Diagnosis of a symptomatic thrombo-embolic event is usually straightforward when ischemia or infarction results from arterial occlusion interrupting perfusion of dependent tissue. The manifestation depends upon where the occlusion occurs: intra-cranial, coronary arterial, abdominal, or other peripheral arterial beds. We have previously discussed the prevention of thromboembolism by intraprocedural and post procedural anticoagulation in section 6.1: Other Technical Aspects. Treatment of a thrombo-embolic event will vary according to the location of the embolus. Peripheral arterial embolization may be amenable to surgical thrombectomy, whereas, cerebral embolization has traditionally been managed conservatively and the consequences accepted. However, there is growing interest in aggressive early management of such events, with either thrombolytic drugs or percutaneous interventional techniques. In one series that surveyed 26 embolic stroke events that occurred in a series of 3,060 patients, long-term neurologic outcomes were as follows: severe impairment (3 patients with 2 possibly related deaths); moderate impairment (10 patients), mild impairment (9 patients) and unknown (4 patients).606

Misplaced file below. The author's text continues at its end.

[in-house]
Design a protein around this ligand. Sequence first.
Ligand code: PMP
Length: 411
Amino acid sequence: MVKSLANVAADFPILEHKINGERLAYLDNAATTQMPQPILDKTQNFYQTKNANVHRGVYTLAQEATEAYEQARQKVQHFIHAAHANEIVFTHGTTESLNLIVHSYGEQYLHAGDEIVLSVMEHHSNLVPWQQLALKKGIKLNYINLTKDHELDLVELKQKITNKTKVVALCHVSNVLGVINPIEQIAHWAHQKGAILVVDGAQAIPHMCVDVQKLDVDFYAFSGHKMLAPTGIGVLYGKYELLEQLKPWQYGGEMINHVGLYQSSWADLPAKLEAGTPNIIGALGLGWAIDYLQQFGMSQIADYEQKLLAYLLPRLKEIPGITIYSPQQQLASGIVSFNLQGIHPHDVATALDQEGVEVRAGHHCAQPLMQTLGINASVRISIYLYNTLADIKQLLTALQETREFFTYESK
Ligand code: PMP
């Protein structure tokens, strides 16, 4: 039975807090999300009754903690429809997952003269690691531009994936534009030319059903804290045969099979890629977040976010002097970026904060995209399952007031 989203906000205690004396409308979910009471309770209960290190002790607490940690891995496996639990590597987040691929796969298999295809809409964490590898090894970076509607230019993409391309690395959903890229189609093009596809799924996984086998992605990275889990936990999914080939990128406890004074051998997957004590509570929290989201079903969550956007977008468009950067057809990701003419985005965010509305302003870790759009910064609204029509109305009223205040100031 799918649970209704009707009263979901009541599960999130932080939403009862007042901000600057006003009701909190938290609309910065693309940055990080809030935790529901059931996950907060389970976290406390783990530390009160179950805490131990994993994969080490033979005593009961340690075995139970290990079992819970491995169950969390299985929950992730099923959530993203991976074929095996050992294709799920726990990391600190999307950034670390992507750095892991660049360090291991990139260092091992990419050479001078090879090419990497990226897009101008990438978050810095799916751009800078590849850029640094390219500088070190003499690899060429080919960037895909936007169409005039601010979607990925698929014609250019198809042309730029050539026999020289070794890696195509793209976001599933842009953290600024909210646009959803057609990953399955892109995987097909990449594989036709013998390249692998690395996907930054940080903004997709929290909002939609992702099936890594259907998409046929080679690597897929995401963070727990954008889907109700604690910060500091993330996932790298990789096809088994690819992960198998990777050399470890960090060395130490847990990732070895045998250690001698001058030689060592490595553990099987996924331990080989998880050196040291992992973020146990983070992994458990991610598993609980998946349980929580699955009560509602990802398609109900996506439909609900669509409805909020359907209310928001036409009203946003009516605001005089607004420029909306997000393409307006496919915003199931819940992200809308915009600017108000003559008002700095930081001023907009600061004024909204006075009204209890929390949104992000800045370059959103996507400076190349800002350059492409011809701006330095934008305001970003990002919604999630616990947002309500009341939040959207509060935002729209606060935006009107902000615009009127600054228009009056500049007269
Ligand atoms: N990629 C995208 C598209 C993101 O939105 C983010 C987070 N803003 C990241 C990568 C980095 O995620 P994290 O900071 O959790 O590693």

9.6.2. Silent Microemboli

Silent cerebral embolism is defined as an occlusion of a blood vessel in the brain due to an embolus that does not result in any acute clinical symptoms and is therefore “silent.” Emboli can result from a thrombus, air, gas, tissue, or fat. During an AF ablation procedure potential sources of these microemboli include thrombi, which may develop on intracardiac catheters, sheath materials, air introduction through a sheath during catheter insertion or exchanges, dislodgement of thrombi in the heart, or as a result of thrombi or gas that forms during the ablation process. Diffusion-Weighted MRI (DW-MRI) is very sensitive to acute ischemic injury and can detect a cerebral lesion created by an embolus as early as 30 minutes post ablation.